John and June just celebrated their 40th wedding anniversary. Retirement is going great. After working hard and saving hard, they now enjoy travel, and have little worries since downsizing from their five-bedroom home to a nice little condo with zero maintenance. All is well in Mudville except for one little minor detail they never dreamed would happen: their oldest adult of three children, 38-year-old Eric, has fallen on hard times and could use his parent’s help now, rather than later.
As a retirement specialist with over 36 years in the field of finance, I’m noticing an interesting trend affecting how and when retirees start leaving (giving) money to their adult children. In the early days of my financial career, we ran the usual planning process of making sure that our retiring clients had plenty of money for the rest of their lives and then put the proper legal documents in place so that when they died, the remaining assets would pass on to their children. These retirees simply focused on what would be left to kids “after” death. Seldom did clients wish to talk about giving money to their adult children during their lives. Never were there discussions about giving money to kids now vs. later. But that was then and this is now. Today’s adult children are faced with a much different world than their parents, leaving my clients to think about giving more money to their children now as opposed to waiting till death.
Now don’t get me wrong; it’s not like adult children are begging for more money now rather than later. However, given the fact that many adult children are struggling with money, and also, knowing that many of these children could use and enjoy the money now vs. later, many of my retirees are seriously considering giving money now. And for me, this makes perfect sense. Let me explain.
With unemployment at all-time highs, and savings rates at all-time lows, today’s young adults are faced with financial challenges in planning for retirement their parents never imagined. These new challenges actually germinated in 1978 with the creation of the 401(k) plan. Prior to the 401(k), most working adults’ retirement plans consisted of their employer-provided pension plan which would provide them guaranteed income at retirement that they could never outlive. Retirement over the years has been fairly simple: you work for a large company, keep your nose clean for 30 or 40 years, and then, on that magical day, retire with money that’s guaranteed to last as long as you do. All retirees had to worry about was not spending more than came in the mailbox each month.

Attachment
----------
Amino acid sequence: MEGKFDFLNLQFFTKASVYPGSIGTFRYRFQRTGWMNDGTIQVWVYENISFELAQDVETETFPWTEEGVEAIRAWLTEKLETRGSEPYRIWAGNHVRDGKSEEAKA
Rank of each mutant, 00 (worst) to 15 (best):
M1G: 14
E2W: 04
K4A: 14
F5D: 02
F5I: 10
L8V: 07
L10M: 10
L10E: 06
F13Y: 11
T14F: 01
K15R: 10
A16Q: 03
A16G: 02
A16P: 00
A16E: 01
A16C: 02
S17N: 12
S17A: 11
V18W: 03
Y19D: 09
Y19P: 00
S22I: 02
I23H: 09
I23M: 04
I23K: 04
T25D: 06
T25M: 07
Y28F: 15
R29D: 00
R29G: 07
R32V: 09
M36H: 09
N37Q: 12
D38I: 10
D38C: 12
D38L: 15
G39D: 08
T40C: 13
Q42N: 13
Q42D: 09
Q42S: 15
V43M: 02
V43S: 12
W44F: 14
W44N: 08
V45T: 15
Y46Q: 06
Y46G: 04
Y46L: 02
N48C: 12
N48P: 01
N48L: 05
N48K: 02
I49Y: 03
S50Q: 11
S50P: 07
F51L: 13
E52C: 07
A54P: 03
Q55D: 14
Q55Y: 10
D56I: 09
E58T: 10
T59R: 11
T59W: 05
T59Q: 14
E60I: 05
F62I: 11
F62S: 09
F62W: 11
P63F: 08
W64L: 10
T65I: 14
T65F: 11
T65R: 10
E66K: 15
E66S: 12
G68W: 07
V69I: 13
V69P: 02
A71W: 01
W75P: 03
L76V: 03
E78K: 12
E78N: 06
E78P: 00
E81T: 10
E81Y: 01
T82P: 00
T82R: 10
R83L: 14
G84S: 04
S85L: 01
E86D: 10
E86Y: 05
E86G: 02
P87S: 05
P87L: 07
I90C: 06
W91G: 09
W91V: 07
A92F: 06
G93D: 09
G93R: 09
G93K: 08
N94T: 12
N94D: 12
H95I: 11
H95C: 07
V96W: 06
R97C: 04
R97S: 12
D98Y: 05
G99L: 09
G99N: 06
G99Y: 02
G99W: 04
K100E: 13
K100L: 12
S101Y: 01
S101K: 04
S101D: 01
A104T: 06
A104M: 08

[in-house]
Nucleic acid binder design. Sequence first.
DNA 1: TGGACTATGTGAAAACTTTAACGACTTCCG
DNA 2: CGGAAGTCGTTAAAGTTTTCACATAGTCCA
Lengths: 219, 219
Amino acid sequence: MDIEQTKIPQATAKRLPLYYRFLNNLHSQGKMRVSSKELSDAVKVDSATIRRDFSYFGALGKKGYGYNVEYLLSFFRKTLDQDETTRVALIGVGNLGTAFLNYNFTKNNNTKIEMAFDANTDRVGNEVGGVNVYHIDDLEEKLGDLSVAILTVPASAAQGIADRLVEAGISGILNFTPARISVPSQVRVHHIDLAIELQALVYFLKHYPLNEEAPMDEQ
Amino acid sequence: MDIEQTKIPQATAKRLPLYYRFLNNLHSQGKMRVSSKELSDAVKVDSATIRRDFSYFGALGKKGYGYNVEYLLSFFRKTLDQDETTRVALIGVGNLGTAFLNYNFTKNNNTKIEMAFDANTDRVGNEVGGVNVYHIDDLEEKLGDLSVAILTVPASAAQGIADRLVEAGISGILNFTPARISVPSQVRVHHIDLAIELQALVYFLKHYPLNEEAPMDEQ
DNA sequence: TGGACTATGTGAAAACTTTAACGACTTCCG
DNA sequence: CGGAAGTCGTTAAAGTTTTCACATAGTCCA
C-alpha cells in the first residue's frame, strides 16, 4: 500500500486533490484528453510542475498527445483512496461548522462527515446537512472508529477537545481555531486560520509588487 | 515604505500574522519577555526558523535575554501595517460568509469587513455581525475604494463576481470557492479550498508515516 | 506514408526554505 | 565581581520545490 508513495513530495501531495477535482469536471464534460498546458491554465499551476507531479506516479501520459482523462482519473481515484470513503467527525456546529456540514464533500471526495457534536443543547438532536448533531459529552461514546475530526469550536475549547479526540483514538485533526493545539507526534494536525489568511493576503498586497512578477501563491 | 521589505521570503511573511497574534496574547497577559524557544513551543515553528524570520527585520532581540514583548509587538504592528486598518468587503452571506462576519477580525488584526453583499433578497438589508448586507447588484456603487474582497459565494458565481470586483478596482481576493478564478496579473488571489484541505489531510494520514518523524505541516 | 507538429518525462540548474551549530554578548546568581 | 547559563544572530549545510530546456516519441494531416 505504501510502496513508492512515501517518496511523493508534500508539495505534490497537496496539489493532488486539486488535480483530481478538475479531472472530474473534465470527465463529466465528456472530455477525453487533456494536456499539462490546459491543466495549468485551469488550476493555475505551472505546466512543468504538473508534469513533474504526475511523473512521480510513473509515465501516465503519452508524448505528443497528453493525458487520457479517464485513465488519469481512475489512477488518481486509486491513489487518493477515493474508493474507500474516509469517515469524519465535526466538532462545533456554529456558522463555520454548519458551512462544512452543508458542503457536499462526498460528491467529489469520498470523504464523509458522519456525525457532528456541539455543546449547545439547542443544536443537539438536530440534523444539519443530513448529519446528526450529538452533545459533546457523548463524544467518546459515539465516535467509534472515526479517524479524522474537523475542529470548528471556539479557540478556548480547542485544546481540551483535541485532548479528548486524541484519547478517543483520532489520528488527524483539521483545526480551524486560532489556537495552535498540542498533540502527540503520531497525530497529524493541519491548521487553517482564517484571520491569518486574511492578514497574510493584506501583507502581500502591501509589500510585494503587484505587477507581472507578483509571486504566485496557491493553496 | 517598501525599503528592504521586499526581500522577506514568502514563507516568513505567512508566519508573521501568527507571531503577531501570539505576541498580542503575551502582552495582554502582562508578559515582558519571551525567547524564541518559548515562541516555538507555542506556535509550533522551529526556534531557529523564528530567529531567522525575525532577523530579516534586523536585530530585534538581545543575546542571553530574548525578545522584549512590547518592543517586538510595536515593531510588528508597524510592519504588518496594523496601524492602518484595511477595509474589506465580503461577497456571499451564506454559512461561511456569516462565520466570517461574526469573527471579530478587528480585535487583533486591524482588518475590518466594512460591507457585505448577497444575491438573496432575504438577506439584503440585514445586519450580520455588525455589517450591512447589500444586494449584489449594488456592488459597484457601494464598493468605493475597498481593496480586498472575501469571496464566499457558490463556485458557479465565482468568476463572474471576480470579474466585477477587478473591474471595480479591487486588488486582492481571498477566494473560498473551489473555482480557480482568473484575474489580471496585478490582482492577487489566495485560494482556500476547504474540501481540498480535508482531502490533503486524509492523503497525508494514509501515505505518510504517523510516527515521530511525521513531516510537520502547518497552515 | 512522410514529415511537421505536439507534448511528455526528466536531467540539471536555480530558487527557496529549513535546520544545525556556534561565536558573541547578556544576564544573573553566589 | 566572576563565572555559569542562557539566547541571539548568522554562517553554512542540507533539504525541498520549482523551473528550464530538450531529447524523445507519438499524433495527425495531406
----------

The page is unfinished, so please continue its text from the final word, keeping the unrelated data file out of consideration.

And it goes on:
Today is different. With pensions no longer available to most young adults, many are left to “go-it-alone” and save for themselves; something most cannot afford (nor want) to do. Add to this low-savings rate, the high-cost of living, the need for new and improved gadgets and gizmos and you’ve got a recipe for financial difficulties not seen before.
This is why I suggest retirees “re-think” the notion of stockpiling assets to leave to kids after they die, and instead, consider giving those same dollars to them now…at a time in life when they can use it.
As a retirement planning specialist who has personally met with over 15,000 Savers, many of whom are already retired, this is advice I find myself doling out more and more often. The results, both for the giver and the givee, have been quite rewarding. For instance, I recently met with an 80-year-old client who expressed to me that she had plenty of income and too much money sitting in the bank. I asked her why she kept hanging on to so much money when she knew she wouldn’t ever spend it all. She couldn’t tell me. I suggested she give $100,000 to each of her three children now rather than later. Like most people, she had no idea she could do that without having to pay a bunch of taxes; which in her case, she nor her kids will (this is why you need to consult a retirement specialist before doing something like this). After helping guide her and her accountant on how best to pull this off, she now has the joy of watching her kids enjoy the money now rather than leaving it to them after she dies.
Moral to the story: a bird in your kids hand now may be better than two birds in the bush later. Believe me, most of them could use the help and you’ll enjoy watching them use and enjoy the money now. So why not get with a trained retirement planning specialist who can first lay out for you how and when to gift money to your kids and grandkids. It will not only be rewarding for them, but in a unique way, personally rewarding for you as well.
About the Contributing Author:
Tony Walker is a bestselling author and retirement planning specialist based out of Kentucky. With over 2,500 clients, Walker is recognized in the industry as a pioneer in the field of retirement savers in how to best use and enjoy their money while they still can. He is also the author of his newest book called, Live Well, Die Broke.